Columbia Mayor Stephen Benjamin Brings Message of Leadership and Purpose to Forum on Inclusive Excellence at Claflin University

Mar 02, 2017

“Claflin has played and continues to play a tremendous role in shaping this community, the state and the world,” said Columbia Mayor Stephen Benjamin Monday at the Vice President’s Forum on Inclusive Excellence held at Claflin.  “We all believe that universities should be a microcosm of society.  What has happened and is happening at this university is rare, unique and special.  You are being prepared for some incredible opportunities at a very high level.  Fighting for inclusion and justice and being an advocate for those who don’t have a voice is in Claflin’s DNA.  You need to know you have some very large shoes to fill.”

Benjamin was the keynote speaker at the forum which was held in the Arthur Rose Museum.  The forum was presented by the Division of Student Development and Office of Student Life at Claflin.  He addressed an audience of administrators, faculty, student leaders and guests from the Orangeburg community.  The purpose of the event was to highlight Claflin’s ability to incorporate the diverse backgrounds, traditions, and experiences of faculty, staff, and students in realizing the goal of an inclusive community that values excellence in scholarship, teaching and learning, and student development. 

“As many of you know, Mayor Benjamin is not a stranger to Orangeburg,” said Orangeburg Mayor Michael Butler in his welcoming remarks. “His family has deep roots in Orangeburg.  “I am not all surprised at his remarkable leadership and how the city of Columbia has progressed and developed during his tenure as mayor.”

Since being elected mayor in a record turnout election in April 2010, Benjamin has made it his mission to create in Columbia the most talented, educated and entrepreneurial city in the Southeast.  Re-elected by a 30 percent margin in November 2013, Benjamin's administration has been characterized by his firm belief in Columbia's potential and intense focus on job creation. In his first term alone, his leadership helped cut unemployment in the metro by roughly half and secured billions of dollars in new regional capital investment in the midst of a national recession.

Benjamin’s message included references to historic moments in South Carolina that helped change American culture and race relations.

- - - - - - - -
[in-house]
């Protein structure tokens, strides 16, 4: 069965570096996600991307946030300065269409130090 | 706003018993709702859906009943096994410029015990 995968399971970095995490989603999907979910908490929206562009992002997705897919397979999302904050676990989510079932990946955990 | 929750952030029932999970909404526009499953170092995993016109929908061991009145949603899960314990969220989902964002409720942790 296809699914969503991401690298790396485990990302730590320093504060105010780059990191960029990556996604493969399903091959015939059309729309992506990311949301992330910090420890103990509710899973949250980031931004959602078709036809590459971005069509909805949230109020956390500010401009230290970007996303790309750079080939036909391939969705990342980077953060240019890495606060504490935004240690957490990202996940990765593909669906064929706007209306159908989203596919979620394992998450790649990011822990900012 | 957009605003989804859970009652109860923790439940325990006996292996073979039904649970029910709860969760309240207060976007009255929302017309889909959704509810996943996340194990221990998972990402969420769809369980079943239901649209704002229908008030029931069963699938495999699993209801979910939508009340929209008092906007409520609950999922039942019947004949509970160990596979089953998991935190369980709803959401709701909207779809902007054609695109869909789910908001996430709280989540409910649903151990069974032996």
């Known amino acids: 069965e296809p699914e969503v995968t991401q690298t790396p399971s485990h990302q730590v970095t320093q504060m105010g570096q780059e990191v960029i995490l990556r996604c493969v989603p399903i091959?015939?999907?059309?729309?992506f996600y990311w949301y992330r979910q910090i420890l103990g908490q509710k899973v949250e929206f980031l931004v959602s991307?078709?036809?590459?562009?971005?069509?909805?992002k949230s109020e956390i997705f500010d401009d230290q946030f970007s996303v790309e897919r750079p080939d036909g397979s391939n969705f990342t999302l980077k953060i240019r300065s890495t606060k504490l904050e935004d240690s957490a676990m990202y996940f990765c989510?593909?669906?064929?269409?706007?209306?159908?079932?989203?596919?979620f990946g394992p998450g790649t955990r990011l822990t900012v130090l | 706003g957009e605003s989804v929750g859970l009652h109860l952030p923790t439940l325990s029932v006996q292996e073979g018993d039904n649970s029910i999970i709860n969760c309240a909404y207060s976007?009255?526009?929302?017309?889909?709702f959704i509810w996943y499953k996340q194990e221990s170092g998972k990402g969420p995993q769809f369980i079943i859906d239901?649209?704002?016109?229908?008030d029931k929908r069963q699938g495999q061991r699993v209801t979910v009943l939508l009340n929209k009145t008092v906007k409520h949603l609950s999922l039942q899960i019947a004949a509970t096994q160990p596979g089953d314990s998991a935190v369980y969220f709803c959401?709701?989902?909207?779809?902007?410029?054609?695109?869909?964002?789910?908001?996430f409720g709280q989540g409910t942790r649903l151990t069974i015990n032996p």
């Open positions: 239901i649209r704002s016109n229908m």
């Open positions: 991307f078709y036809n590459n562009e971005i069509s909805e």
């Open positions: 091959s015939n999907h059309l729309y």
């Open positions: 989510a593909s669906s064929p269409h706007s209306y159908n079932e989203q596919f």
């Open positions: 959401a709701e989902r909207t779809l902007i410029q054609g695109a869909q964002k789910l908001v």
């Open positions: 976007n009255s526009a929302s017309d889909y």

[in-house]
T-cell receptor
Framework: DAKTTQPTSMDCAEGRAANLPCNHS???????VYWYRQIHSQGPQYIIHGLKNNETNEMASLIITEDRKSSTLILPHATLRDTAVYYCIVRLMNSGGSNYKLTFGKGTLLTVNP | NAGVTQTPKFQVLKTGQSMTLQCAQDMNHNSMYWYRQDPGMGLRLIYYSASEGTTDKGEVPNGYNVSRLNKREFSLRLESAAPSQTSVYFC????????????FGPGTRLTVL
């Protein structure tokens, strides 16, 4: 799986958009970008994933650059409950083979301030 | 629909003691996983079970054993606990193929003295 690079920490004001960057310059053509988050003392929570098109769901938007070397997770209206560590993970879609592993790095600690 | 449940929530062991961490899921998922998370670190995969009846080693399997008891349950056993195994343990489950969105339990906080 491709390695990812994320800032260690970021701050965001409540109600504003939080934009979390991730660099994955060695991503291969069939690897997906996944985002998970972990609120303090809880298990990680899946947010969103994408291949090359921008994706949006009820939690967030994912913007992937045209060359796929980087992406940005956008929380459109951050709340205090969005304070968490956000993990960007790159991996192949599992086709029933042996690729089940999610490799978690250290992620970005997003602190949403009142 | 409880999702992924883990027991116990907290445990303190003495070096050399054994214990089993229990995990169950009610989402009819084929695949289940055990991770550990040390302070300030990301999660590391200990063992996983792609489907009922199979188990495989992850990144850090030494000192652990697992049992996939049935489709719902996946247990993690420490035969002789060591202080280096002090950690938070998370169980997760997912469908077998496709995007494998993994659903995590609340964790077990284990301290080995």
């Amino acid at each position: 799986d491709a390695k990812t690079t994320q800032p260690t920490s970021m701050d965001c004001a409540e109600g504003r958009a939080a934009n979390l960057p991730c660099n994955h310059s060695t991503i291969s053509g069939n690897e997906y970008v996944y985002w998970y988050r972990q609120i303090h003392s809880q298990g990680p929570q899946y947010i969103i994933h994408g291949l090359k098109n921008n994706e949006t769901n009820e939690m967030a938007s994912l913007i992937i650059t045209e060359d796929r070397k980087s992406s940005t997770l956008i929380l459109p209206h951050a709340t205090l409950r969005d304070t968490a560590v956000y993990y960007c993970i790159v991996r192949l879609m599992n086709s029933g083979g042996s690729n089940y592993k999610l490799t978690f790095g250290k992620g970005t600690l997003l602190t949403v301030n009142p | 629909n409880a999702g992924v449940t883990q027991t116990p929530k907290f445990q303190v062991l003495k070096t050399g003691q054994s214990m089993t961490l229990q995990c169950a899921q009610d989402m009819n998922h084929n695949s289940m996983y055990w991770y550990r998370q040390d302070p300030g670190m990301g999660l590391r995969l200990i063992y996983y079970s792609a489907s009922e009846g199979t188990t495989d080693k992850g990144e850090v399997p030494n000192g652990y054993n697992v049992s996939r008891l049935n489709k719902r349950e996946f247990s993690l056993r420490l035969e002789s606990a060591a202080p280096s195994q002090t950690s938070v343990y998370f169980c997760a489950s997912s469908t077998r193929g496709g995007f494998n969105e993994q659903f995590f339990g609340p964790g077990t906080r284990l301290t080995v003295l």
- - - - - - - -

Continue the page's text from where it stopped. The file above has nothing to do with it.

“Sarah Mae Flemming was not looking for a fight or to become part of history when on June 22, 1954 she sat in a segregated section on a bus in Columbia,” said Benjamin. “Who knew what was on her mind.”

The incident took place when only a few weeks earlier, the U.S. Supreme Court had ruled that “separate but equal” doctrines were unconstitutional. Flemming eventually filed suit against SCE&G which operated the city’s bus transportation.  The 4th U.S. Circuit Court of Appeals in Richmond, Va. overturned a previous decision in South Carolina and ruled that “separate but equal” Jim Crow laws were unconstitutional. 

“The ruling was the foundation for the bus boycott in Montgomery, Ala. led by Rosa Parks and launched the career of Dr. Martin Luther King Jr.,” said Benjamin.  “Flemming did not see it coming, but neither did they.  She was not looking for history – but when history found her she chose to act.”

Other participants of the program were Devin Randolph, assistant vice president for Student Development and Services at Claflin and Dominique Riggins, president of Claflin’s Student Government Association.

“I never had to face the hardships that so many had to endure during the Civil Rights Movement.  But we are here because of what they did,” Benjamin said.  “The Sarah Mae Flemmings and others fought, bled, cried and died for us.  Because of their commitment to diversity and inclusion, we have the opportunity to enjoy what they fought for today.

But now we are at the vanguard for justice, peace and diversity and inclusion. And your commitment to these principles matters now more than ever,” said Benjamin. “You can provide hope -- and calm the fears of those among us who live in poverty and are shut out of the economic mainstream.  We need visionary leaders who are passionate and committed to solving the problems that will help build a better world and a better nation.”

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